New Project to Use Smartphones to Search For COVID-19 Treatments

New Project to Use Smartphones to Search For COVID-19 Treatments

A new project will use the power of smartphones to search for COVID-19 treatments, Imperial College London announced on Wednesday.

Collaborating with the Vodafone Foundation, the Corona-AI (artificial intelligence) project will use the free DreamLab app, which crunches calculations using a smartphone’s computing power while its user sleeps.

“The app has already helped find potential new cancer drugs and is now aiming to help in the fight against the coronavirus pandemic,” according to the college’s website.

DreamLab uses machine learning on a mobile supercomputing network to analyze billions of combinations of existing drug, food-based molecules, and genetic interactions, slashing the time needed to make discoveries.

Data generated from the calculations will help scientists at the college identify existing drugs and food-based molecules with antiviral properties.

“We urgently need new treatments to tackle COVID-19,” said Dr. Kirill Veselkov from the college’s Surgery and Cancer Department, who is leading the research.

There are existing drugs out there that may be able to treat the virus, he said, urging that they be repurposed as we already know they are safe to use.

However, he added, complicated analyses using artificial intelligence should be done in order to figure out which molecule or combinations of molecules might be able to disrupt the virus when it is inside the body.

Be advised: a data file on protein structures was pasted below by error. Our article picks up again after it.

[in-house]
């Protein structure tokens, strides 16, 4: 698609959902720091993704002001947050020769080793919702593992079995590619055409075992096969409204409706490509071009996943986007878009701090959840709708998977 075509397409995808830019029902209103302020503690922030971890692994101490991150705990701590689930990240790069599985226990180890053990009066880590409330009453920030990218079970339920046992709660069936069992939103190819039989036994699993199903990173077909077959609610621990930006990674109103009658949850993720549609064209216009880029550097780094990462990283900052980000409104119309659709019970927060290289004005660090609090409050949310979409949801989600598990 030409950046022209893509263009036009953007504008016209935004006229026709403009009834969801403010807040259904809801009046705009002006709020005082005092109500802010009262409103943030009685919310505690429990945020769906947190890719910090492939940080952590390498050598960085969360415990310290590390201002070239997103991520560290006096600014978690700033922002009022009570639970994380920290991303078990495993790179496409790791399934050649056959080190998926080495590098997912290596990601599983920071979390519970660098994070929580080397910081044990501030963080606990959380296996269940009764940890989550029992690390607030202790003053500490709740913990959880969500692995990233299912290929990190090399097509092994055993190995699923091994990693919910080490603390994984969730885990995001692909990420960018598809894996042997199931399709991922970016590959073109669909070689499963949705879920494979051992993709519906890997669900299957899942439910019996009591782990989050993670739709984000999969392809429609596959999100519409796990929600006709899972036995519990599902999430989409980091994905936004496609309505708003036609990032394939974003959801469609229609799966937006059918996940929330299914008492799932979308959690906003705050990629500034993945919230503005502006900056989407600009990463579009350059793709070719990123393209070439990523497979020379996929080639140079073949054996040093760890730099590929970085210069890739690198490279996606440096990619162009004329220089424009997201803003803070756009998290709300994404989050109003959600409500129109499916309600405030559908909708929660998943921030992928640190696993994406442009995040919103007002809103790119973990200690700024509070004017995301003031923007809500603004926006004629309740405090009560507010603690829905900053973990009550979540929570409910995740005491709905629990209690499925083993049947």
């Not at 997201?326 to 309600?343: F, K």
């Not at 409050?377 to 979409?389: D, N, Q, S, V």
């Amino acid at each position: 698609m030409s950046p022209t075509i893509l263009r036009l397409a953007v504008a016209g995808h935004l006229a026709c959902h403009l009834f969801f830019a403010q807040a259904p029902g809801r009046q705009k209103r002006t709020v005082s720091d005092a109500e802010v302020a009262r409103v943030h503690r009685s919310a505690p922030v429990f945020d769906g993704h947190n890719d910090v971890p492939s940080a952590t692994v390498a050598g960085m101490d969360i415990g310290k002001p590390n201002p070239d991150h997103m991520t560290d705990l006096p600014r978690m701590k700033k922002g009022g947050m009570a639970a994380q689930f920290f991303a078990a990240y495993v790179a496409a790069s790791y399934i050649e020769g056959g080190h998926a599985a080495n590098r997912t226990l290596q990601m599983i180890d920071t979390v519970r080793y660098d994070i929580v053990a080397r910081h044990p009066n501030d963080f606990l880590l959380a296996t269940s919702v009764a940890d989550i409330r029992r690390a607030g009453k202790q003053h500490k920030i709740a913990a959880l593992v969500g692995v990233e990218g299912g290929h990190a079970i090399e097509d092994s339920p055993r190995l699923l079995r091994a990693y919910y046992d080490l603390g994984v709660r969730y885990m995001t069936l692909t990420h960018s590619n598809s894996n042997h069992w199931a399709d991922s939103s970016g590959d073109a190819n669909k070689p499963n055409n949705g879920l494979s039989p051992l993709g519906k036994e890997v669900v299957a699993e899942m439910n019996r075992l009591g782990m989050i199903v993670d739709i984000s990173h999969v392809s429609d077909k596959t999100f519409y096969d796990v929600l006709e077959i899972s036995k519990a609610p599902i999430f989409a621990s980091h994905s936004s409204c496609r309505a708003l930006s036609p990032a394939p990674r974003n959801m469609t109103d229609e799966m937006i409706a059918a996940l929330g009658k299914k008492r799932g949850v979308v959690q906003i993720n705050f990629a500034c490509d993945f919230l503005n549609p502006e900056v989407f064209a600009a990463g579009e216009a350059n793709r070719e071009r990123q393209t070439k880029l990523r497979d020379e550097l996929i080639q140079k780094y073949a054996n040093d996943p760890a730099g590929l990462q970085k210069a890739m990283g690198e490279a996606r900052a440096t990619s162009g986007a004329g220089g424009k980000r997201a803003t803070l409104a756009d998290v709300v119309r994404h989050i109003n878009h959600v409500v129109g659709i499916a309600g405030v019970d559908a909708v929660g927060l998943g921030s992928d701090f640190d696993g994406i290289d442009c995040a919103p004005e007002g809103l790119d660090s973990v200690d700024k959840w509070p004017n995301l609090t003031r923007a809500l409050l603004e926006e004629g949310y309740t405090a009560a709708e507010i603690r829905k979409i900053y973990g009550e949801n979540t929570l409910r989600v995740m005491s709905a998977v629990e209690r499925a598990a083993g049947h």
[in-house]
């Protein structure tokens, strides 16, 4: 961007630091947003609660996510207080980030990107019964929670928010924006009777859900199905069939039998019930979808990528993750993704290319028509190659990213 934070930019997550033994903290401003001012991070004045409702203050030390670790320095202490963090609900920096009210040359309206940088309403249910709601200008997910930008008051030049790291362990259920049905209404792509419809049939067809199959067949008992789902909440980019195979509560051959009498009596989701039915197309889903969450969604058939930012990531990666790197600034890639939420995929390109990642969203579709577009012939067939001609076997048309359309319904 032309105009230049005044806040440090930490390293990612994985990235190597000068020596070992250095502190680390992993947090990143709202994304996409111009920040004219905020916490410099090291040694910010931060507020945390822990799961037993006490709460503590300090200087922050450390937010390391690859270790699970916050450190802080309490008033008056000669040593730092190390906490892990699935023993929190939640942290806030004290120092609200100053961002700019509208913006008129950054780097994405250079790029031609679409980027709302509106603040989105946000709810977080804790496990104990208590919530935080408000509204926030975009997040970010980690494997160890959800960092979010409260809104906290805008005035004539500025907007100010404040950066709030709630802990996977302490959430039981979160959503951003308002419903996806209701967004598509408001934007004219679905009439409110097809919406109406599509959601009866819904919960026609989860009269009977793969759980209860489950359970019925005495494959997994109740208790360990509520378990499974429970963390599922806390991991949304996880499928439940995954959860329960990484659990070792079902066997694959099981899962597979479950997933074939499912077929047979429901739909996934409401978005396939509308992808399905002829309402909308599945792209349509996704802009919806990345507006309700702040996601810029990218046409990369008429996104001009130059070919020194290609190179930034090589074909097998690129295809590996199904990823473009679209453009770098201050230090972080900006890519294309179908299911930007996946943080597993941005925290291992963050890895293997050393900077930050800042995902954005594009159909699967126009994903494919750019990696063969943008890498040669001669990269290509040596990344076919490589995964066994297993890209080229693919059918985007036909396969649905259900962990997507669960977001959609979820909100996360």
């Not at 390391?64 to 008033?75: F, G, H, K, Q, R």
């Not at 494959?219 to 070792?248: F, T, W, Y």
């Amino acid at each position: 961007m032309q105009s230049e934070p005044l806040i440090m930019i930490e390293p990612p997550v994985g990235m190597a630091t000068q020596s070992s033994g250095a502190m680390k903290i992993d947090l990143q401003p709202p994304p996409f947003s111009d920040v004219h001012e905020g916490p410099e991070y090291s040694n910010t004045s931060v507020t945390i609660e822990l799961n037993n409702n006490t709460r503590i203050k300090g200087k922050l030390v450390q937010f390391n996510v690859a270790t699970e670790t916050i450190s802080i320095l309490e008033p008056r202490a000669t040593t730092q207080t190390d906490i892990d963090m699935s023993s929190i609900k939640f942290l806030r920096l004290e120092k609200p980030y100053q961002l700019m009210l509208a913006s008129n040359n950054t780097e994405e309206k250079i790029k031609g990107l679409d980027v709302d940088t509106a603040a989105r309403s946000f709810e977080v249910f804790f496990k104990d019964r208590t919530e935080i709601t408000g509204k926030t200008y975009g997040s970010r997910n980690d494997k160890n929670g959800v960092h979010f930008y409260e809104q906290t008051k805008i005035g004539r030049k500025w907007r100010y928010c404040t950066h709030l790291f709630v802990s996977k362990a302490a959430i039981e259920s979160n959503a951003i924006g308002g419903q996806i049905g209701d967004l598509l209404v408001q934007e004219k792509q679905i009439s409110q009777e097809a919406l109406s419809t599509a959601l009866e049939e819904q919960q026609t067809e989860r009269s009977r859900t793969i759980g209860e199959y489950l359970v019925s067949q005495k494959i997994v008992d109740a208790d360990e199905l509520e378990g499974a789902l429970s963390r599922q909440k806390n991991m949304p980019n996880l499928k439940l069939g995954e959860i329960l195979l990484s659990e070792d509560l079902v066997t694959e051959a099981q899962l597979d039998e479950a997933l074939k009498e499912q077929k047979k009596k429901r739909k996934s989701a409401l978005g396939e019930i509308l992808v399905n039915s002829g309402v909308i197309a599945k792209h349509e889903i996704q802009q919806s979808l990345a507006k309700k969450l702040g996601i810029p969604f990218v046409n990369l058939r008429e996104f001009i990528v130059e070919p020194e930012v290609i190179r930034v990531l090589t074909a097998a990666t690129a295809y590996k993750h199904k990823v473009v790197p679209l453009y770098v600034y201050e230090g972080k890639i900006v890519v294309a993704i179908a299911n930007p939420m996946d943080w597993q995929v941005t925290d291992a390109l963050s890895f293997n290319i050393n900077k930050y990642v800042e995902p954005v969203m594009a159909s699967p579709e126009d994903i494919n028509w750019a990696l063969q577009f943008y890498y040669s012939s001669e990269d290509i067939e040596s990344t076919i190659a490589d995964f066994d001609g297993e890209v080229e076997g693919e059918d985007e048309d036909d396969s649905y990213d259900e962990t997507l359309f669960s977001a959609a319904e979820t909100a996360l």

“We want to target not just one protein but the whole network that the virus creates in order to survive,” Veselkov said, adding that then it can be seen which drugs containing these molecules might be possible candidates to fight the virus.

According to Veselkov, doing so requires a huge amount of computing power, and DreamLab creates a supercomputer that enables researchers to do this important work in a relatively short timeframe.

“We have previously successfully used these methods to find ‘hyperfoods’ containing anti-cancer drug-like compounds, are now retooling them for the new disease,” said Michael Bronstein from the Department of Computing.

He stressed that eventually, the team hopes that multi-drug therapies with supportive diets could be prescribed to help COVID-19 patients recover.

George Hanna, who heads the Surgery and Cancer Department, explained: “These are unprecedented times that demand radical and unprecedented scientific solutions.”

Instead of looking for brand-new drug molecules, the project will search through a database of thousands of existing drugs that could be repurposed to fight COVID-19.

As these drugs are already known to be safe, they could be used much sooner than new drugs, say members of the project team.

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